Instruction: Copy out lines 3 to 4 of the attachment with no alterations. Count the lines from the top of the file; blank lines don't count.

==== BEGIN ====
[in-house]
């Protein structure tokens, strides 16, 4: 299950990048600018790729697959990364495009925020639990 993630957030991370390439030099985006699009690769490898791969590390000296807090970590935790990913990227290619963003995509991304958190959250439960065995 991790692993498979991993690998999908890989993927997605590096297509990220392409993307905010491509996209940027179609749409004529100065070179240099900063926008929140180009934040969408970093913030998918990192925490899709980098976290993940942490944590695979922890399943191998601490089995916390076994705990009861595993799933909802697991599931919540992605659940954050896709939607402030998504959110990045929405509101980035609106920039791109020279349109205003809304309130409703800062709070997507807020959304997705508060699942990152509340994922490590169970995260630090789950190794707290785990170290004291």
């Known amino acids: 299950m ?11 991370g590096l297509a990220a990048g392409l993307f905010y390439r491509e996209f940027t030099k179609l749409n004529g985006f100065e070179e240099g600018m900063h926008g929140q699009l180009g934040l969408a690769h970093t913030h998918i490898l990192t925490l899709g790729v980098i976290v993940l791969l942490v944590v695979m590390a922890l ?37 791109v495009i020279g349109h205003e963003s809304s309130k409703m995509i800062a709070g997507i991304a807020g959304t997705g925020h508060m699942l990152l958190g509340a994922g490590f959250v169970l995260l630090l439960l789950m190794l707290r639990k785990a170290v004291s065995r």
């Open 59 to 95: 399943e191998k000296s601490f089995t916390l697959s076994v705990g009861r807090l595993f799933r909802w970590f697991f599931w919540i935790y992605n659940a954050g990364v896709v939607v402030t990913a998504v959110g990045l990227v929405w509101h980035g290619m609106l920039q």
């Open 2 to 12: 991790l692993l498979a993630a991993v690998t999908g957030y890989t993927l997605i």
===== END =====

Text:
């Known amino acids: 299950m ?11 991370g590096l297509a990220a990048g392409l993307f905010y390439r491509e996209f940027t030099k179609l749409n004529g985006f100065e070179e240099g600018m900063h926008g929140q699009l180009g934040l969408a690769h970093t913030h998918i490898l990192t925490l899709g790729v980098i976290v993940l791969l942490v944590v695979m590390a922890l ?37 791109v495009i020279g349109h205003e963003s809304s309130k409703m995509i800062a709070g997507i991304a807020g959304t997705g925020h508060m699942l990152l958190g509340a994922g490590f959250v169970l995260l630090l439960l789950m190794l707290r639990k785990a170290v004291s065995r």
């Open 59 to 95: 399943e191998k000296s601490f089995t916390l697959s076994v705990g009861r807090l595993f799933r909802w970590f697991f599931w919540i935790y992605n659940a954050g990364v896709v939607v402030t990913a998504v959110g990045l990227v929405w509101h980035g290619m609106l920039q």